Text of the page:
Misc The Knitting, Crochet, Quilting, Weaving and Sewing Pattern Thread 2019

Melodi

Disaster Cat
This thread is for sharing patterns and links to patterns that we have found useful or look like fun for 2019 - I think we should do these by the year (for a start) and see how that works.

Other craft patterns are fine to post too (as are links) I just ran out of title room lol
 

Melodi

Disaster Cat
The Dead Easy Hat Pattern (flat version)

You can knit this in the round too and I do but the top will be slightly different.

Cast on a multiple of 4 stitches - the hat in the photo is 96 stitches in Aran weight yarn (slightly thinner than worsted) and I think a number 6 needle (I knit loosely) so you might want anything from a 5 to a 7.

Basic Adult Hat

Cast on 96 stitches (or any multiple of 4)

Work in K2 P2 Rib (I slip the first stitch of each row but that is optional)

Work for as long as you want - 5 inches for a "Beenie" type cap, 11 to 12 inches for very wide brim (this hat is 11.5 inches before decreases)

Decrease Rows (REVISED from the other thread) Flat Hat

Row 1: K2 P2 Tog

Row 2: K1 p2

Row 3 K2 P1

Row 4 K1 P1

Row 5 K2 tog

Row 6 K2 tog - you can stop here and have 12 stitches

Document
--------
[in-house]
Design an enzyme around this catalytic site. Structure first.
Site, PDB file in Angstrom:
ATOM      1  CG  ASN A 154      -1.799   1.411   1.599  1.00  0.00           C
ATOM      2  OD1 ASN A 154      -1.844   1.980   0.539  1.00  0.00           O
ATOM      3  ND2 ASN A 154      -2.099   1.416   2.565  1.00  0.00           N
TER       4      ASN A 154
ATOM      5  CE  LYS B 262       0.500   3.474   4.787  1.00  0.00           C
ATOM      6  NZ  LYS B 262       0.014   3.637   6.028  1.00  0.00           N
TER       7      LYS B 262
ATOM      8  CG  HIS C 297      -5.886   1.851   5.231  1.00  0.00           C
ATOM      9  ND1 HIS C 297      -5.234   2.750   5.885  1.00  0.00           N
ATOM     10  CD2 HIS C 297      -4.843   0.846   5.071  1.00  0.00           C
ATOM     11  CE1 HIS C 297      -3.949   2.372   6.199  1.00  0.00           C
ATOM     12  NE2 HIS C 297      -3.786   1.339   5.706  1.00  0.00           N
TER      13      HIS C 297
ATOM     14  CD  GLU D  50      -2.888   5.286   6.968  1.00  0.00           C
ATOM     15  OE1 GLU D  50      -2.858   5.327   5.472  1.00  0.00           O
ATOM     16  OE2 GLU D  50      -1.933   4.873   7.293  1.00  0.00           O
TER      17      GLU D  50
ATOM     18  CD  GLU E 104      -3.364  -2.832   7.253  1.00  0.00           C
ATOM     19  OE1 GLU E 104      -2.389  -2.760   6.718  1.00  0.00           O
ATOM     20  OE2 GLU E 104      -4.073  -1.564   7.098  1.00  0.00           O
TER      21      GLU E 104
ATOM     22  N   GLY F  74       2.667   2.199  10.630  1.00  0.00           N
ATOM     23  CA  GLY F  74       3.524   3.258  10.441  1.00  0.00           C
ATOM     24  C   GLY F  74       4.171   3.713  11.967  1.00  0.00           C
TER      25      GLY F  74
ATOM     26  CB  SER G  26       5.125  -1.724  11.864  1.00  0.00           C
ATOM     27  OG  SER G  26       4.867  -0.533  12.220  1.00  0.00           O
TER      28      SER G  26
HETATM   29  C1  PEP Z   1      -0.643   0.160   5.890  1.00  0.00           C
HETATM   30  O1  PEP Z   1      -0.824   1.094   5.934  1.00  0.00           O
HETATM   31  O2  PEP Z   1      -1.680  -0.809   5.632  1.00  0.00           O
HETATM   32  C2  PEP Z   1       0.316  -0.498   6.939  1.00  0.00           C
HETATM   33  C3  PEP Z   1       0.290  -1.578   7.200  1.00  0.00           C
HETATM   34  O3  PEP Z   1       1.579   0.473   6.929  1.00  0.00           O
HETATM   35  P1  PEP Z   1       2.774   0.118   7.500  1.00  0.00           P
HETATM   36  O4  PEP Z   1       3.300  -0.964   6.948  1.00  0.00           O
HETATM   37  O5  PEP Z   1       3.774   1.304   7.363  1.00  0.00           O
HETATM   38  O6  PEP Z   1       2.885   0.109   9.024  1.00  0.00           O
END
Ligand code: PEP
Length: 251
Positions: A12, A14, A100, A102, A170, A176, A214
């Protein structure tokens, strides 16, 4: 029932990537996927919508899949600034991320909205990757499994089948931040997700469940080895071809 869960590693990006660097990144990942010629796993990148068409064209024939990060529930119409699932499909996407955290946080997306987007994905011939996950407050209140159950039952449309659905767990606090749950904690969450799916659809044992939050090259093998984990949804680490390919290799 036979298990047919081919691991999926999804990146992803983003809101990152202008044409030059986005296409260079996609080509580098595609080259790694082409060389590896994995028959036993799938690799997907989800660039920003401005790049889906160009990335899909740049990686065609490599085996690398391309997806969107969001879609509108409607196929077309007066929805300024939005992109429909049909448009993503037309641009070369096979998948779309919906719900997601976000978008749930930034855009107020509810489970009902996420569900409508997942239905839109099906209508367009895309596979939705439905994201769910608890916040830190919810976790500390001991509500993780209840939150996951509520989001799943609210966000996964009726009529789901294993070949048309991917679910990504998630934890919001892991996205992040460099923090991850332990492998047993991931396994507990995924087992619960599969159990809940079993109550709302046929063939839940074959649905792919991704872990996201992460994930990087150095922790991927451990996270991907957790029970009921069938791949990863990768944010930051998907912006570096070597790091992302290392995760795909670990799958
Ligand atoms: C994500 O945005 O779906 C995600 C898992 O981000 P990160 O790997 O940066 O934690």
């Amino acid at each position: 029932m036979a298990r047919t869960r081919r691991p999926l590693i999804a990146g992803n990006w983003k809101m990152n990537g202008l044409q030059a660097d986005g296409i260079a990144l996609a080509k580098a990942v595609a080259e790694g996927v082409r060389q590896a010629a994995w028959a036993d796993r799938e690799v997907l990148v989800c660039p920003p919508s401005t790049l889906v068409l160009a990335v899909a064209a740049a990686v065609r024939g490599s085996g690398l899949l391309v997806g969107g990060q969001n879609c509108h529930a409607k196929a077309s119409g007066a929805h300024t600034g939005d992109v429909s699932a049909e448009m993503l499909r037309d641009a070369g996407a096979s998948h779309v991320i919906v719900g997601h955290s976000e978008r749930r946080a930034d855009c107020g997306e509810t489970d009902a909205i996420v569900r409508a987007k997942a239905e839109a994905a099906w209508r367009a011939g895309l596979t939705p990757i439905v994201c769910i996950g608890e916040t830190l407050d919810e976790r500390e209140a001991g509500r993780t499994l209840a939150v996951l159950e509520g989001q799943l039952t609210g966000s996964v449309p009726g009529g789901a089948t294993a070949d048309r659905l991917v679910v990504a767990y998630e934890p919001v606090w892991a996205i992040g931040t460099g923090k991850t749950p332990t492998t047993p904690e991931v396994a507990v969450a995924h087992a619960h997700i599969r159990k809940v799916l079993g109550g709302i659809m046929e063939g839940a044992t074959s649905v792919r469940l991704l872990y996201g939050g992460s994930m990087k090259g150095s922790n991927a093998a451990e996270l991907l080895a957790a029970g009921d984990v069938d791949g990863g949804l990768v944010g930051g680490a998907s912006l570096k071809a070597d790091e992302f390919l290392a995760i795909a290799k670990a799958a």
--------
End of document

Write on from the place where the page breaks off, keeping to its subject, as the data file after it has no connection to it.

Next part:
Row 7 K2 tog - 6 stitches remain (I did this on this hat).

Cut your yarn at about 12 inches (it isn't exact don't worry)

Thread the yarn back through the 6 (or 12) stitches and then pin the hat together with what will be the inside out (this only matters if you have other yarns to thread back i
Sew the seam (yes it will show a bit but not too much)

Thread in any other lose bit of yarn and your starting yarn, be careful at the bottom if you are using a brim because the "wrong" side will show as the "right side" when folded.

Turn the hat right side out and fold brim as much as you like and put on the head of the intended victim er all recipient.

Possibly easy variations of this hat are any simple cable (including mock cable) you like to use - but if you want to do the classic stockinette version you may need to increase your stitches after the ribbing to at least 2 inches (in this yarn I'd go to about 110 stitches) because the fabric won't stretch and knit flat you would K one row, P one row (that one is easier knit in the round).

Turn hat right side out, fold brim to as much as you like, place on the head of the intended victim er...a recipient

Here's Mine (or what it looks like on a human head)
 
Last edited:

summerthyme

Administrator
_______________
Melodi... not to drift the thread, but this pattern is super simple as a first project on the Passap knitting machine. It can either be made with a ribbed cuff (I always made the ribbing double length, so it could be folded up as an extra "ear warmer" layer), and then switched to knit the rest as stockinette in the round, or as ribbing the entire length (knitted flat) and then sewn together in a back center seam.

Summerthyme
 

Melodi

Disaster Cat
Thanks to that that isn't "thread drift" that's instructions (aka a pattern for a pattern) using the machine - as soon as we get the needle problem sorted (and hopefully I pick up my motor) I will try that.